Courtesy of Andrey Sibiryov, the ruby_block resource can now participate in the Chef notification system.

Avishai Ish-Shalom fixed a problem with the mount provider when mounting by UUID or LABEL, where the provider would fail to find the device when examining the device’s current state.

I’d also like to give a hat tip to Dylan Egan, who did some awesome debugging on a particularly tricky bug that was causing JSON attributes to not be applied to nodes on their first chef client runs. With Dylan’s detailed diagnosis, it was easy to fix the problem in tandem with another fix we were already working on.

From the prolific Tollef Fog Heen, we have a fix for our negative UID detection. The negative UID detection was wrongly determining some large UIDs to be negative UIDs that had “wrapped” to a large integer, causing errors when it tried to “unwrap” them. Thanks again, Tollef!

Those of you who are scripting server installs will appreciate the work of Dan Prince, who added an option to accept the defaults in knife configure. Now you can just run

knife configure -i -y --defaults

And you’ll get knife configured with all of the default values.

Search For Nested Recipes and Roles

Also in this release, Chef now saves its expanded run list and role list to the recipes and roles attributes on the node. This means that if you have a role “monitoring” that includes the role “nagios,” you can search your nodes for “roles:nagios” and it will find all nodes using that role, even if the role isn’t in the top level run list for the node. The recipes attribute works similarly, you can search for “recipes:nginx*” and find all nodes with an nginx recipe, even if that recipe is only included via a role (or a role within a role, or…).

What’s New in Mixlib Authentication

Also released today is Mixlib-Authentication 1.1.4. This update is required when updating your chef-server. This update includes refactored request verification code which allows chef-server to determine if an authentication failure is the result of an incorrect timestamp set by the client and return a more helpful error message in this case. A tip of the hat goes to Akzhan Abdulin, who provided the initial patch for the issue.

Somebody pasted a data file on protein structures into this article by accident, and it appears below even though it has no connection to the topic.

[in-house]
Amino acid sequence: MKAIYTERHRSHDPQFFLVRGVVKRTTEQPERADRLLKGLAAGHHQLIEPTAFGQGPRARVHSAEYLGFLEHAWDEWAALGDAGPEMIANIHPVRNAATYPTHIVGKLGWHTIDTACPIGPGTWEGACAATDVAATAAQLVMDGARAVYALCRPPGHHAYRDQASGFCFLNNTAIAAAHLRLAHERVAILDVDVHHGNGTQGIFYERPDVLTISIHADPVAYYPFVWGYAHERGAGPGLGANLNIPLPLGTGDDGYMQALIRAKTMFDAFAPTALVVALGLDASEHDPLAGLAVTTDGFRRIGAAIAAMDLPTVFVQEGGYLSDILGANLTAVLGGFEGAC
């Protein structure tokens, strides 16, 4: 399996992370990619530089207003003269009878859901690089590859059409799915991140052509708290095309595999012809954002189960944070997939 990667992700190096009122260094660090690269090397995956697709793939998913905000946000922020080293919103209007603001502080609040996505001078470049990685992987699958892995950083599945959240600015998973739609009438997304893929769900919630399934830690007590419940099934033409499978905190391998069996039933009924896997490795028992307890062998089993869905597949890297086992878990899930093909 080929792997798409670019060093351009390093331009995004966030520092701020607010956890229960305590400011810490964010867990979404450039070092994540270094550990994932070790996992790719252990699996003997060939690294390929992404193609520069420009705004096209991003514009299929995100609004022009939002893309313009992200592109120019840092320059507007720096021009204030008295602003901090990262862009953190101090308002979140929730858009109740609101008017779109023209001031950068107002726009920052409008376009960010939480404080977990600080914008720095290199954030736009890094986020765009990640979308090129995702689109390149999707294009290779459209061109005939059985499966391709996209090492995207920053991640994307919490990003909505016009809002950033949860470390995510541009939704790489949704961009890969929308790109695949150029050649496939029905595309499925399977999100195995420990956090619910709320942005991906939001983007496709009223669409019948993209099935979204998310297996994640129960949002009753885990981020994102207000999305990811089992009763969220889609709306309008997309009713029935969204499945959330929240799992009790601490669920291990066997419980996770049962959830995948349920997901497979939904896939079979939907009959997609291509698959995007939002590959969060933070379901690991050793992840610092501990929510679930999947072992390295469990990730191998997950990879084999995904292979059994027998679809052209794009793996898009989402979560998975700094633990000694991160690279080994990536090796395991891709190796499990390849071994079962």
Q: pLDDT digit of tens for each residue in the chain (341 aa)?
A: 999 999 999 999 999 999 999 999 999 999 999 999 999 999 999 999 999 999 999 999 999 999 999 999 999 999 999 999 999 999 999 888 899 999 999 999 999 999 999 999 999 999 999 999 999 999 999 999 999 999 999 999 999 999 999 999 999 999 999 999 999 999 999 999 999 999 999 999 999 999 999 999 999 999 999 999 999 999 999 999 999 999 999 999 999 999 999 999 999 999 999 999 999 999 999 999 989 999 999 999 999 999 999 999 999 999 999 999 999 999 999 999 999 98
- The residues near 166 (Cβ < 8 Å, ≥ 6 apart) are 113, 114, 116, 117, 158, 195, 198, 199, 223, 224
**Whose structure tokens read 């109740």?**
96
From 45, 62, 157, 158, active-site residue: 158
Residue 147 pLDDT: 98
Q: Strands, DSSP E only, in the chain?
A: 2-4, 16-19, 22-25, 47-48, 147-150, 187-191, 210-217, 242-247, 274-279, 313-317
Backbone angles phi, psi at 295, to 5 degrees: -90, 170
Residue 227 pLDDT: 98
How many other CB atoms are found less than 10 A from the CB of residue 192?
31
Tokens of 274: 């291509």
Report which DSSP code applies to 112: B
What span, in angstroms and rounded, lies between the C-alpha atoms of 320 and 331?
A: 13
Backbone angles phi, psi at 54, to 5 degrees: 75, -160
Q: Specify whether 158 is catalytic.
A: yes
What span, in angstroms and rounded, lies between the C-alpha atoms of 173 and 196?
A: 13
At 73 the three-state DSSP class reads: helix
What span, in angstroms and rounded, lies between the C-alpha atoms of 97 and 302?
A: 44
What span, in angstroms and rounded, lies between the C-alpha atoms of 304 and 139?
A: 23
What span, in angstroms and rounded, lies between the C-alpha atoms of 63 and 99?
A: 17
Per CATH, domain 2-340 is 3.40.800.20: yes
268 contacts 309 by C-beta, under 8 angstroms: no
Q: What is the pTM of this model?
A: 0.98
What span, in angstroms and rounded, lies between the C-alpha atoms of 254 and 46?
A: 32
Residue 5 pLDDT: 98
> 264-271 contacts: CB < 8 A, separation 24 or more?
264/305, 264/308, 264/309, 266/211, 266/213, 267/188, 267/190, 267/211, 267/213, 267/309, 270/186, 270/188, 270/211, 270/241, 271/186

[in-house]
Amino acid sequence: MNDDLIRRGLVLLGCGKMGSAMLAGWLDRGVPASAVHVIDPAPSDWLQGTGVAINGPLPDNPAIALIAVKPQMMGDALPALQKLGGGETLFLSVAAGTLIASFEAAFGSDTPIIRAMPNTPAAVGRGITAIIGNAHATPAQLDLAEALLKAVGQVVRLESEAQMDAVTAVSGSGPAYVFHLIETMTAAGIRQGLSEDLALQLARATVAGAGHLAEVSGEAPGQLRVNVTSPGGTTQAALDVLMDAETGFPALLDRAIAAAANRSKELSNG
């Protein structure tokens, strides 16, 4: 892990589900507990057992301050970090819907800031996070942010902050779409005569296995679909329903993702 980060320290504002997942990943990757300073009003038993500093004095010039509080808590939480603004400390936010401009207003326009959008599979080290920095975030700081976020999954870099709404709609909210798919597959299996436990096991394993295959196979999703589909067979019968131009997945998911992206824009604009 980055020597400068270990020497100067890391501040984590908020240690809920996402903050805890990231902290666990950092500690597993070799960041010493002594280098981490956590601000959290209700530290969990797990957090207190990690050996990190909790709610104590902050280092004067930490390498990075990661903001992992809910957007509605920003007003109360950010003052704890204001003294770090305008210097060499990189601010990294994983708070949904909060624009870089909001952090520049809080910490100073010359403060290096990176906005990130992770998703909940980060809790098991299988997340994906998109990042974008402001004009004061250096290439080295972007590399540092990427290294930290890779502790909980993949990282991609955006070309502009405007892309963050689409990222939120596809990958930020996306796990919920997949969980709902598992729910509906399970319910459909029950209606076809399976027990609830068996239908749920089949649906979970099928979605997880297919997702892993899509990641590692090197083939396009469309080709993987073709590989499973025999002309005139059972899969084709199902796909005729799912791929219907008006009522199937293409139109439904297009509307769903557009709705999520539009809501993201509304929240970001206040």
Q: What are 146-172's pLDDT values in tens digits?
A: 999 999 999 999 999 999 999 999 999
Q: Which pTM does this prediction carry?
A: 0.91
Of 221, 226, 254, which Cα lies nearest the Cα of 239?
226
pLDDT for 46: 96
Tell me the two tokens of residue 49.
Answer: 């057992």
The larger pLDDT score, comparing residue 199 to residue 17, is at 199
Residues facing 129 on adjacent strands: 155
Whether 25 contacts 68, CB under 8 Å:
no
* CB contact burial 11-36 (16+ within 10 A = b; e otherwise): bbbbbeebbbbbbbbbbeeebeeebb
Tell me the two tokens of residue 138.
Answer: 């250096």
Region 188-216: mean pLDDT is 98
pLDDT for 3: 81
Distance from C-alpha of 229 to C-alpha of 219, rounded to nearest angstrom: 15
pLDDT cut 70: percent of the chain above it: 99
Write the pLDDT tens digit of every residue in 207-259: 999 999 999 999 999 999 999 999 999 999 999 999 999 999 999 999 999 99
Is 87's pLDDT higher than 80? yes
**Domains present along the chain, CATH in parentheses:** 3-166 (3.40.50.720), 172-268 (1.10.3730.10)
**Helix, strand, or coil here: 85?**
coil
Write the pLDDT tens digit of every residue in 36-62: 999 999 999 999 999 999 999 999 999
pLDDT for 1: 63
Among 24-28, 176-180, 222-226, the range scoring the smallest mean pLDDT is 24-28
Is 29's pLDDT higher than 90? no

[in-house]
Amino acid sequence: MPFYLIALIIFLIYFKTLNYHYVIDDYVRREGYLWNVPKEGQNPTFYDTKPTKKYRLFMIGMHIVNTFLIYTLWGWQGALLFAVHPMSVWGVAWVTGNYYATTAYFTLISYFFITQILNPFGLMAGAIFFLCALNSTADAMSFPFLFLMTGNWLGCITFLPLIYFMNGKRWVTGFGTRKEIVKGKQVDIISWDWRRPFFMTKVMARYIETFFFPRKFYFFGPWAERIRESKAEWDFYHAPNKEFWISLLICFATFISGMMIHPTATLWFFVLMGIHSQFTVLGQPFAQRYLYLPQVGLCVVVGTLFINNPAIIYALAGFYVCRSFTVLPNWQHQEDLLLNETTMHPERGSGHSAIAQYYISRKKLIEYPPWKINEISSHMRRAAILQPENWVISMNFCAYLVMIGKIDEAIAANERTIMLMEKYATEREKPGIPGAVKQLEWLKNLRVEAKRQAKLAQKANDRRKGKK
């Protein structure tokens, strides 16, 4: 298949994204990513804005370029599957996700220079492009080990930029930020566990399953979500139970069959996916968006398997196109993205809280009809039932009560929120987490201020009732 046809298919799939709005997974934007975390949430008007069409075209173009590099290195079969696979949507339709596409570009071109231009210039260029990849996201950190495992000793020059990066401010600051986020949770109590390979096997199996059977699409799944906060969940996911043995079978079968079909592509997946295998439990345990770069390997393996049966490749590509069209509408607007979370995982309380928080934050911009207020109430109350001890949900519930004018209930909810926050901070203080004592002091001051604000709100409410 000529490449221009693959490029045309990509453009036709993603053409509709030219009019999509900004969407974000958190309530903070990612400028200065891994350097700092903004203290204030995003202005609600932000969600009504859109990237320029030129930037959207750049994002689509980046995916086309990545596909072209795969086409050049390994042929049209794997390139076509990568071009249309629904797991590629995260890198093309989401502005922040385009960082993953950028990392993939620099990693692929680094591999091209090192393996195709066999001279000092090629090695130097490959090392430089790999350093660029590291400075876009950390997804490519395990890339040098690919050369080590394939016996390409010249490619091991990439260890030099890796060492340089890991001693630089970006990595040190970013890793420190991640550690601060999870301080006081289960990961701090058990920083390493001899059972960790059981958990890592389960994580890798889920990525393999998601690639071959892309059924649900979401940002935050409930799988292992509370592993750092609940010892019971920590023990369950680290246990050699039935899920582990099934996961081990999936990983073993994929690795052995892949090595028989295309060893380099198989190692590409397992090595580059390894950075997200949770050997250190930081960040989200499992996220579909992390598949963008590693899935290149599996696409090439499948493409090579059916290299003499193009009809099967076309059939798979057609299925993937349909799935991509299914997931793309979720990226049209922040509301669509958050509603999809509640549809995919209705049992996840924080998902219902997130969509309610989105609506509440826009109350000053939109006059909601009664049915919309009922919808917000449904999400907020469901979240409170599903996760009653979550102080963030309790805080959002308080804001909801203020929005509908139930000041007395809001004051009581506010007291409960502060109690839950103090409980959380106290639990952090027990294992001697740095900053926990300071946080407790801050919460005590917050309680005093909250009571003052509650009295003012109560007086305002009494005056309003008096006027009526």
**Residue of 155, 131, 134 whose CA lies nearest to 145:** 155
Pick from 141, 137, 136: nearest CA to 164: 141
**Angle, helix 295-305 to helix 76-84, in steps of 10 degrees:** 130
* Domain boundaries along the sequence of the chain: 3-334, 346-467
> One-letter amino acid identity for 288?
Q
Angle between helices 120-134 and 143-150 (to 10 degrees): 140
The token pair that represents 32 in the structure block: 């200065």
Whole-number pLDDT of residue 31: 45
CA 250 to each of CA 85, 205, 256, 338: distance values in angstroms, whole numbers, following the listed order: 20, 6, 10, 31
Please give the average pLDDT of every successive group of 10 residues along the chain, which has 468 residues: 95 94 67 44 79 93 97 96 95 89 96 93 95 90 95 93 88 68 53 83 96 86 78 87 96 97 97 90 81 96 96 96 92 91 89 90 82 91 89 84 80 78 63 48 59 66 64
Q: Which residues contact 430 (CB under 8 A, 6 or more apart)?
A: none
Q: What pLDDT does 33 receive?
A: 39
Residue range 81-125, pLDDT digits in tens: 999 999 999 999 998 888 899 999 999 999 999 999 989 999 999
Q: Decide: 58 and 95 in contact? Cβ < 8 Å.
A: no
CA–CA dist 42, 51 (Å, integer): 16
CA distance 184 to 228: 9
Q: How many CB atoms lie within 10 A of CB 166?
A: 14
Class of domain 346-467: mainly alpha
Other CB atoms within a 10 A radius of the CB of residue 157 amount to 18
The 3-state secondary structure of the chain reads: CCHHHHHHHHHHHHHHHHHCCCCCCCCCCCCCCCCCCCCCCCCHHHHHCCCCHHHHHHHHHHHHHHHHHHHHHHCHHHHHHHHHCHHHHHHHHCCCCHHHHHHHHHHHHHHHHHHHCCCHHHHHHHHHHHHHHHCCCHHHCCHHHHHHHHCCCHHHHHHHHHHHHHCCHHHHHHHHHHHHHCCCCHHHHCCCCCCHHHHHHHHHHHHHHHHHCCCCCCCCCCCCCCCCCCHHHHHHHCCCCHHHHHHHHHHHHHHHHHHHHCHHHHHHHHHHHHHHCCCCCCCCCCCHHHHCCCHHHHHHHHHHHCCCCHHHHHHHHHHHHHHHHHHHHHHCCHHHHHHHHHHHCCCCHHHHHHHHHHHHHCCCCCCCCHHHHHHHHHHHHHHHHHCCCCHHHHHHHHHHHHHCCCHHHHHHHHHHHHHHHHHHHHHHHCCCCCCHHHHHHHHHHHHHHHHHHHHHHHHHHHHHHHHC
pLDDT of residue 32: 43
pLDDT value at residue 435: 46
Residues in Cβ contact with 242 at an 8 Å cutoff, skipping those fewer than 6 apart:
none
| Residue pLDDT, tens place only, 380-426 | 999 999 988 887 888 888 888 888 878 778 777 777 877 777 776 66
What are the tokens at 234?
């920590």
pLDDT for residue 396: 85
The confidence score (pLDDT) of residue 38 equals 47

Shef Learns New Tricks

Shef was one of many new features released with Chef 0.8.0 but it hasn’t had many updates aside from a few maintenance fixes until now. In this release, we’ve given shef its own configuration file, and added support for multiple named configurations. This makes it easy to use shef as an admin interface to a Chef server (or multiple Chef servers) without needing to create a “dummy node” on the server to fake out shef’s boot process. Of course, shef isn’t very convenient as an admin interface to the server if you need to be an expert on Chef’s internals to use it, so we’ve added convenient commands for listing, searching, and bulk updating Chef data. To get the full list of commands, simply run help from within shef. Extended help is available for some commands: to get verbose help for the nodes command, for example, just run help :nodes and you’ll get a full explanation of the command and its subcommands.

To try out, fill out at least the following information in your ~/.chef/shef.rb configuration file:

node_name                'your-knife-client-name'
client_key               '/path/to/your/client.pem'
chef_server_url          ''

Then run shef at the command line and try out the following commands (adjusting the data to match your infrastructure, of course):

# see what's new
chef (preprod) > help
# find nodes in the monitoring role
chef (preprod) > nodes.find :role => :monitoring
# take a peak at their network settings
chef (preprod) > pp nodes.find("role:monitoring") {|n| [n,] }
# who's in the users databag?
chef (preprod) > databags(:users).all

Finally, we’ve added support for running chef as a different node within shef. This allows you to run a shef session using the node attributes, run list, and cookbooks of a completely different node. The one major caveat is with cross-platform support: even though shef’s masquerade support allows for cross-platform masquerading, it’s likely that your cookbooks are tailored to your platform of choice. Once you’ve set up your test box as a reasonable facsimile of the target node, just run becomenode(*NODENAME*) and shef will load all of the cookbooks of that node and replace the local node object with the other node’s data. From there, you can run the recipes using all of shef’s debugging goodness you’ve come to love.

We’ll see you at 0.9.10!